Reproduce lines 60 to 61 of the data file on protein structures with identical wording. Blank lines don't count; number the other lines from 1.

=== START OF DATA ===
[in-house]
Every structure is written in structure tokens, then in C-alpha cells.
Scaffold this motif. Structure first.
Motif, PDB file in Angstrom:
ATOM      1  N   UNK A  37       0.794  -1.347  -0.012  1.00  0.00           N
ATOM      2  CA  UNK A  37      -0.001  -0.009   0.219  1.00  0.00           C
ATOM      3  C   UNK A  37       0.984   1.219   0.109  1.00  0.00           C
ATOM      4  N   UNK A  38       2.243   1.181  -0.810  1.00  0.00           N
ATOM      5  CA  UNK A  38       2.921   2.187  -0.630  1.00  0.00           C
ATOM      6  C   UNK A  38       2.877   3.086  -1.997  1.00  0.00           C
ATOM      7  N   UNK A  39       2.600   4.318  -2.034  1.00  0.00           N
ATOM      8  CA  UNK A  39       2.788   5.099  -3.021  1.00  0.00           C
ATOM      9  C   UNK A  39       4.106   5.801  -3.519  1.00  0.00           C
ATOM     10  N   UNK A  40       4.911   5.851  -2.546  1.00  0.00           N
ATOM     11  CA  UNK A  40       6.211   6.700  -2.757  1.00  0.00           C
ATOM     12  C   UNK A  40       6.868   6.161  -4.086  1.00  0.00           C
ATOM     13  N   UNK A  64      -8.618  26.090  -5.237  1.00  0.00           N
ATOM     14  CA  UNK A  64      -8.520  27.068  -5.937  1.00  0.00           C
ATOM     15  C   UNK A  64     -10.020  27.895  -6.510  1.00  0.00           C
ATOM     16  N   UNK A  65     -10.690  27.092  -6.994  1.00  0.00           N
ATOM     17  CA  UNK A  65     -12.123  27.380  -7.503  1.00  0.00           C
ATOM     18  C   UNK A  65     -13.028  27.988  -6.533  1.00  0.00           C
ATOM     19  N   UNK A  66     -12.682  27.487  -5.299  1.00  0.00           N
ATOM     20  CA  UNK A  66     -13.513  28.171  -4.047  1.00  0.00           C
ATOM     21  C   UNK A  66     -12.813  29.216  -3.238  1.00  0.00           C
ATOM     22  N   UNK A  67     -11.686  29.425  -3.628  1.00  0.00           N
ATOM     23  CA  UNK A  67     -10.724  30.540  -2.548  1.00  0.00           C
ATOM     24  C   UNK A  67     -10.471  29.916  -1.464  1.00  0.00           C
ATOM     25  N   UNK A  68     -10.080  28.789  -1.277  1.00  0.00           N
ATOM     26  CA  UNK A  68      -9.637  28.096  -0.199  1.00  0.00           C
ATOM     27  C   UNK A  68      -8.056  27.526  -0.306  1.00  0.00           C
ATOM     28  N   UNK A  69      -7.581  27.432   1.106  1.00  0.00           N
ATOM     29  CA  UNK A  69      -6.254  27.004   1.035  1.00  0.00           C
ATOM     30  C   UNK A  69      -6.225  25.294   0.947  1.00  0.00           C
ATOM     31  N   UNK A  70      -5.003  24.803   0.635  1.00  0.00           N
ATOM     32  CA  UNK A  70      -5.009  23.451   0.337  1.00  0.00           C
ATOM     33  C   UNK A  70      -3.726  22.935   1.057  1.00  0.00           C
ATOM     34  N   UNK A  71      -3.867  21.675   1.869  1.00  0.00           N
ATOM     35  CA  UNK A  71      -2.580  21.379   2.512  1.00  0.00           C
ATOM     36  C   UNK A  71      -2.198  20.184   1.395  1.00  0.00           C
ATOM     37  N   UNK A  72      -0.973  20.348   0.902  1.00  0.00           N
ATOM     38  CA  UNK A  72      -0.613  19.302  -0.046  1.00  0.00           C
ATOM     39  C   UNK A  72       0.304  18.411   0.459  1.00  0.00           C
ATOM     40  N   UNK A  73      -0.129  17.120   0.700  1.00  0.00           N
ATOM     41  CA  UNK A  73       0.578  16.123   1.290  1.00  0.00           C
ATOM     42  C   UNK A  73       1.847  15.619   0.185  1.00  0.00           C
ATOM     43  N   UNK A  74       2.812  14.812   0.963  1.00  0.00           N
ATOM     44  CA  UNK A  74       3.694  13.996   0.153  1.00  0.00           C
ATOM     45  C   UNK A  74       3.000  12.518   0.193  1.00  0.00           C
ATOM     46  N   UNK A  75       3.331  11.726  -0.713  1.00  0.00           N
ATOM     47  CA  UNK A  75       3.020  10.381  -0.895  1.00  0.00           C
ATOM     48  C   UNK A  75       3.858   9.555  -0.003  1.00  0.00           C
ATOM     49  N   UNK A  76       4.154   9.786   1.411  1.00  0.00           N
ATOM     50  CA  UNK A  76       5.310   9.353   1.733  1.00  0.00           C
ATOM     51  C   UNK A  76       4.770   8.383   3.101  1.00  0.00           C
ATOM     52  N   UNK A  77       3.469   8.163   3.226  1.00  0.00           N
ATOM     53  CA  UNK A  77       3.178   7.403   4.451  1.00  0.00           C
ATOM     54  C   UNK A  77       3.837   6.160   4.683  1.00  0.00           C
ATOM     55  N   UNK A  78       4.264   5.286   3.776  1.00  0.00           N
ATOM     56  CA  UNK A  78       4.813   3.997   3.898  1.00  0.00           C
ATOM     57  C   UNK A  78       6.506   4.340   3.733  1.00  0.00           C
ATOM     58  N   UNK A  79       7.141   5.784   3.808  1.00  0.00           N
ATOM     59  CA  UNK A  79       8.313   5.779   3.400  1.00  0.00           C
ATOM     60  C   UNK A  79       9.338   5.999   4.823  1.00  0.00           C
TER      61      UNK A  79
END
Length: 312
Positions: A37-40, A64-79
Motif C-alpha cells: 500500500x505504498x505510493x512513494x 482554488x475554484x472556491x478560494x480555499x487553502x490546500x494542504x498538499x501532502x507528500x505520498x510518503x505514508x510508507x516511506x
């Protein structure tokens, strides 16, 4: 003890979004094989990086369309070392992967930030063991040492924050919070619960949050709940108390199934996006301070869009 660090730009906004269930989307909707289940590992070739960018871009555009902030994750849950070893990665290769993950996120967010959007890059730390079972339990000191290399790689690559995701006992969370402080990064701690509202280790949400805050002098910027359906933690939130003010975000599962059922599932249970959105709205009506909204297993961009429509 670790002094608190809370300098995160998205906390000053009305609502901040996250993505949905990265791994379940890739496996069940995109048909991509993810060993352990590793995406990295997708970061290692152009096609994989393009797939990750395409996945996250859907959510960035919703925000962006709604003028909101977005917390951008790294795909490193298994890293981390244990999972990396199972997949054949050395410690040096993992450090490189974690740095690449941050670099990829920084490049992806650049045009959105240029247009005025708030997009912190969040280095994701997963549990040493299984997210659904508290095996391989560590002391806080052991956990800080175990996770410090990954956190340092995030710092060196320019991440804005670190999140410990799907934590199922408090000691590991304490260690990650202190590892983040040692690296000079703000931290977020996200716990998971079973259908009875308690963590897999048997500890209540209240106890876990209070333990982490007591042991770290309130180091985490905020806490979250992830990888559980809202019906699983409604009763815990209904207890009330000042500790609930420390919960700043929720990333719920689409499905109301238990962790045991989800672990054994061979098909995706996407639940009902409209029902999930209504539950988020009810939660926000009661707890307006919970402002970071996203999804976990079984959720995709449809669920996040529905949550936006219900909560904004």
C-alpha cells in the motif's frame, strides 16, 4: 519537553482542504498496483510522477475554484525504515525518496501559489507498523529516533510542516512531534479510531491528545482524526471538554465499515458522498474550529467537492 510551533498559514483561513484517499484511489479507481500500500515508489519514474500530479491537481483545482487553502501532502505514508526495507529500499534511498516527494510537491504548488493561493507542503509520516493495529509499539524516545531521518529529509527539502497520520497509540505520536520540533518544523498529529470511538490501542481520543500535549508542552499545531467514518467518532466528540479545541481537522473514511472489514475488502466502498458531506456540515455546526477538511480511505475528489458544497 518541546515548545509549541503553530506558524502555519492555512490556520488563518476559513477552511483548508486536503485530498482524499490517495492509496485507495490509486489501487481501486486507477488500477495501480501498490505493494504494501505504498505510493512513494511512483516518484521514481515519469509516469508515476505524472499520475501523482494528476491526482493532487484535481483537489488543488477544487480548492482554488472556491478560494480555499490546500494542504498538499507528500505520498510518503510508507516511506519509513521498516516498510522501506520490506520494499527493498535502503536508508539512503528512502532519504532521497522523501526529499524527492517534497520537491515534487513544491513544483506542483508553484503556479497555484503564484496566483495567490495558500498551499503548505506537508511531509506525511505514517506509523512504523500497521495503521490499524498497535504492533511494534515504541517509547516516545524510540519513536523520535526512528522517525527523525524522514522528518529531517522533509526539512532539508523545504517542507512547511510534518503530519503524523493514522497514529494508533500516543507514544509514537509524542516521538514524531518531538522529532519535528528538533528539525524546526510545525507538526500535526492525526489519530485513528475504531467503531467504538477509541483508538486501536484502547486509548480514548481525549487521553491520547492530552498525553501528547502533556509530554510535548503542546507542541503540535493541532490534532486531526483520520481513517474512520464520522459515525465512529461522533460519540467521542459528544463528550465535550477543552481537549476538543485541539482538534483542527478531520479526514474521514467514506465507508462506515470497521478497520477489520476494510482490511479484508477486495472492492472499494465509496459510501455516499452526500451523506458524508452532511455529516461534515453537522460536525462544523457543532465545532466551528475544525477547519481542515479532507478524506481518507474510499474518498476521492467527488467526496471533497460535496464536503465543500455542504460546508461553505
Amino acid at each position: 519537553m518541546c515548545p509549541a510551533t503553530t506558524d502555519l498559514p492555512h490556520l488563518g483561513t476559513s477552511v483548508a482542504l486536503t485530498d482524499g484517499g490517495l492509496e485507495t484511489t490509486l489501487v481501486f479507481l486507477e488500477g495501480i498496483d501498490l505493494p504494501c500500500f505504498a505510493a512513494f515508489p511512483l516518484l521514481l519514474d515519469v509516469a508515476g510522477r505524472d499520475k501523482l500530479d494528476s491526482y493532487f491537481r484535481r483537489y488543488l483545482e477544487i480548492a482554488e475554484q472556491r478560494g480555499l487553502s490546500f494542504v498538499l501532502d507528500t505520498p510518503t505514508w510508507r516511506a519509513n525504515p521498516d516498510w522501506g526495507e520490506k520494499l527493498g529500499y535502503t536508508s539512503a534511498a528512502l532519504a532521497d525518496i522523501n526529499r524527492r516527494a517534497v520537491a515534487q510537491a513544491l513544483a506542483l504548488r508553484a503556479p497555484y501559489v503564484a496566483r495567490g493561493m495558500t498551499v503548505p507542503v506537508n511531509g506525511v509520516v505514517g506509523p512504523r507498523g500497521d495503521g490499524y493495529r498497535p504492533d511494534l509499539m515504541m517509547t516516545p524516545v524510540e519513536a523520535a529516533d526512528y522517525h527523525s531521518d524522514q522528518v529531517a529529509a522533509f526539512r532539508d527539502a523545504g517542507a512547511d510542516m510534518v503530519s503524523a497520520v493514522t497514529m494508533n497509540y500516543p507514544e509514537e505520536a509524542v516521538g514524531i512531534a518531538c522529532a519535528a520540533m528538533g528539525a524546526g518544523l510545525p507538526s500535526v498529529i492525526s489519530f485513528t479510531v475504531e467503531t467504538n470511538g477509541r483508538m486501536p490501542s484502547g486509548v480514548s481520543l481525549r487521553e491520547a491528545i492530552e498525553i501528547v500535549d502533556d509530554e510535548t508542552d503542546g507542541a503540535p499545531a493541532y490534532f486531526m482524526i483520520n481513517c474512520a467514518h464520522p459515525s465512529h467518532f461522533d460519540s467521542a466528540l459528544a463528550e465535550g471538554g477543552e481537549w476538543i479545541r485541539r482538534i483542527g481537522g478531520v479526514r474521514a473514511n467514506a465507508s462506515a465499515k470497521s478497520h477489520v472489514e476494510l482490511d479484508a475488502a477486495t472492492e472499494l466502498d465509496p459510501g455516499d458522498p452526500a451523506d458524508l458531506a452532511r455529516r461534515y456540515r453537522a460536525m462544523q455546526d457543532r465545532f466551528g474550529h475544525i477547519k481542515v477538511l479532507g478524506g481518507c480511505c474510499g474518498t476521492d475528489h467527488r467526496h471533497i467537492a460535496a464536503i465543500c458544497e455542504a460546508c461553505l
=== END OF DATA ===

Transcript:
ATOM     56  CA  UNK A  78       4.813   3.997   3.898  1.00  0.00           C
ATOM     57  C   UNK A  78       6.506   4.340   3.733  1.00  0.00           C